Kia’s luxury tourer, the 2017 Cadenza

Completely redesigned for this model year, the 2017 Kia Cadenza provides a luxury tourer’s subtle looks and comfort without the luxury price.

From the looks to the technological conveniences to the power, this Cadenza ought to catch German sedan buyers looking.

First impressions

The Snow White Pearl Cadenza Limited strikes a subtly elegant pose from the turbofan wheels up to the black panoramic sunroof. This wide car is bulky in the right ways. A brand-defining grill fronts a long hood, making for a sporty counter to the short trunk deck.

image courtesy Kia


Elegance is the watchword throughout the cabin as well.

image courtesy Kia

The largely monochrome interior was punctuated by touches such as strips of paneling on the doors and diamond-pattern stitching on the front seat side bolsters. Stitched or not, every seat surface was leather, with the front seats being both heated AND cooled.

Piano black covers hide the contents of two centre console cubbies.

A panoramic sunroof lets in the rays for everybody in the car. It does take away some headroom, says this “vertically-enhanced” driver who could do without the added sun. Still, getting comfortable was a mere matter of reclining the adjustable seat just a little more.

Climate controls sit sandwiched between the touchscreen above and audio controls underneath. An analog clock splits the climate control cluster in two. That clock seems to be the modern throwback luxury touch du jour from several upscale vehicle manufacturers.

Kia has paid attention to the competition it’s chasing, not just in looks but in technology touches. For instance, when you start the car, the steering wheel and seat move into position. Stop the engine and the wheel and seat move away from each other, making egress easier. Driver position memory settings will prove convenient for two drivers.

Hockey bag test

The huge trunk easily swallows a hockey bag or two. Sticks can slide through an armrest pass-through into the rear seat.

Another high-end touch awaits under the trunk lid: it features both a “close trunk” button and a “close trunk and lock car” button. Again, Kia is paying attention to the details its competitors offer.

In-cabin technology

The luxury extends to the gadgetry. An 8” screen interface offers all the tech you’d need: navigation, audio, including satellite radio, Bluetooth and so forth. Plug in your phone and you can skip Kia’s onboard systems in favour of Apple CarPlay or Android Auto.

Given the design touches throughout the rest of the vehicle, Kia’s own touchscreen interface could use an upgrade to match. It is functional. Many drivers will bypass it in favour of  Android Auto or Apple CarPlay. However, the default Kia interface looks years behind notably elegant systems from the likes of BMW/Mini and Mazda.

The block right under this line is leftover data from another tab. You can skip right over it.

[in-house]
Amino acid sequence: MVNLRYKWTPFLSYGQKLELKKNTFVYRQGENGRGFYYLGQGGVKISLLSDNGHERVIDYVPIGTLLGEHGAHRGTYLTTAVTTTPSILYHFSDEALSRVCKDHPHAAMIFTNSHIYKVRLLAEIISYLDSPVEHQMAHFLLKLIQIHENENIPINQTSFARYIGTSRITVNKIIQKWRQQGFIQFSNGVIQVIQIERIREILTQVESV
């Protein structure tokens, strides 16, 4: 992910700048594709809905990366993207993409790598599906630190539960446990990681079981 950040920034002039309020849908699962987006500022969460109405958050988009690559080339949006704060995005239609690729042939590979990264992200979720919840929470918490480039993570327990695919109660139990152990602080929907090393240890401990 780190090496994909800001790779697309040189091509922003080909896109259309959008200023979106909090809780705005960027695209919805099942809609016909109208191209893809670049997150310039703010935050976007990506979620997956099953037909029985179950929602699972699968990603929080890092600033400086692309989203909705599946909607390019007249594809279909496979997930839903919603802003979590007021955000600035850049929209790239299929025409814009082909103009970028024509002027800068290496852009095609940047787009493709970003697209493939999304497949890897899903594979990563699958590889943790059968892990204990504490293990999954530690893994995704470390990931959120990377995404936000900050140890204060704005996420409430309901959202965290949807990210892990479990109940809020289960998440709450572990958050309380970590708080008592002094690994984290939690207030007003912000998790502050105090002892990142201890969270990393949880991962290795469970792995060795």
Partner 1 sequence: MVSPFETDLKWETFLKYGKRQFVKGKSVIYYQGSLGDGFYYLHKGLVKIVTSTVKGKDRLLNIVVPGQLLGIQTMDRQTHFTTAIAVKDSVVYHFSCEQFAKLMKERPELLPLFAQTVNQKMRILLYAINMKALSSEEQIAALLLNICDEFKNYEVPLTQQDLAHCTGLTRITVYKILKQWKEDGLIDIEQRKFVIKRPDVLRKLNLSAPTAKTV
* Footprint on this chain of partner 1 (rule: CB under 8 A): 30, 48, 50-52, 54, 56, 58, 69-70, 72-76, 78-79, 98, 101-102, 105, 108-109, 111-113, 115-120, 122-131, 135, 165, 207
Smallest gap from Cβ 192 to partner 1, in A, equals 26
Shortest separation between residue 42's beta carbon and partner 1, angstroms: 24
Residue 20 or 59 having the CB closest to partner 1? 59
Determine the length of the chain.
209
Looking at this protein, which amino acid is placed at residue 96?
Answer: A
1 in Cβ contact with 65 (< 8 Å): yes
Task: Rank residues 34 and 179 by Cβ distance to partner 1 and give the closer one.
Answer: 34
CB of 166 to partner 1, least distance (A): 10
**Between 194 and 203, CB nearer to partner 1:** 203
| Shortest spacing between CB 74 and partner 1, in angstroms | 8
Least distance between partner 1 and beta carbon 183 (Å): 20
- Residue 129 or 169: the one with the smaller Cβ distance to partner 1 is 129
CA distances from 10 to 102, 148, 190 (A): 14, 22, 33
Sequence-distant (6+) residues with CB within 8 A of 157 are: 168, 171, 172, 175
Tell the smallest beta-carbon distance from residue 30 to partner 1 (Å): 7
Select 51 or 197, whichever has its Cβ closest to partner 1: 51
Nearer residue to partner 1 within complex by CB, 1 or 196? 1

Tunes reach your ears thanks to a premium 12-speaker (that was redundant – “12 speakers” and “premium”) Harman Kardon audio system.

Phones equipped for wireless charging can simply rest in the large front cubby containing the USB port. Multiple phones charging without a tangle of cables… now that’s civilized.

Press a button near the centre armrest and the screen shows a 360-degree view around the Cadenza.

The instrument cluster display lets you set a variety of electronic behaviours.
Those include the colour, height and so forth of the heads-up display. The HUD is still largely found on higher-end vehicles only, but certain manufacturers are bringing them to more mainstream models. I hope Kia offers this well-executed HUD throughout its lineup.


A 3.3L V6 gasoline direct injection (GDI) engine produces a healthy 290 hp and 253 lb-ft of torque at 5,200 rpm. Kia put eight gears in the automatic transmission so it won’t need to reach that noisy level. Highway cruising is calm, passing is quick, and the ride is relaxed. More adventurous drivers may enjoy the odd near-infraction on highway on-ramps.

The Cadenza’s multiple personalities, also known as drive modes, include Comfort, Eco, Normal, and Sport.

Adaptive cruise control proved welcome on a quick road trip when traffic around me couldn’t settle on one cruising speed. Other active safety technologies includes smart blind spot detection, electronic stability control and auto emergency braking.

Fuel economy

Kia claims 11.5 L/100km city, 8.5 L/100km highway, and 10.2L/100km combined. The Cadenza runs on regular unleaded, which makes it a cheaper date than many other vehicles in this class.


The base price on my review Cadenza Limited was $45,795 MSRP, or $47,655 on the road. The base Cadenza starts at $36,295 while the Cadenza Premium goes for $41,495.

Even at the Limited trim I drove, car buyers who want a heads-up display, 360-degree outside view of the vehicle, wireless phone charging and a 12-speaker audio system, all in a powerful and smooth-driving package will be hard-pressed to find this kind of value from other manufacturers.

This value-for-money theme matters to all manufacturers, of course, but among the Koreans, it appears to  have reached the level of dogma. That’s great news for drivers who want that luxury sedan feel without the luxury sedan price.

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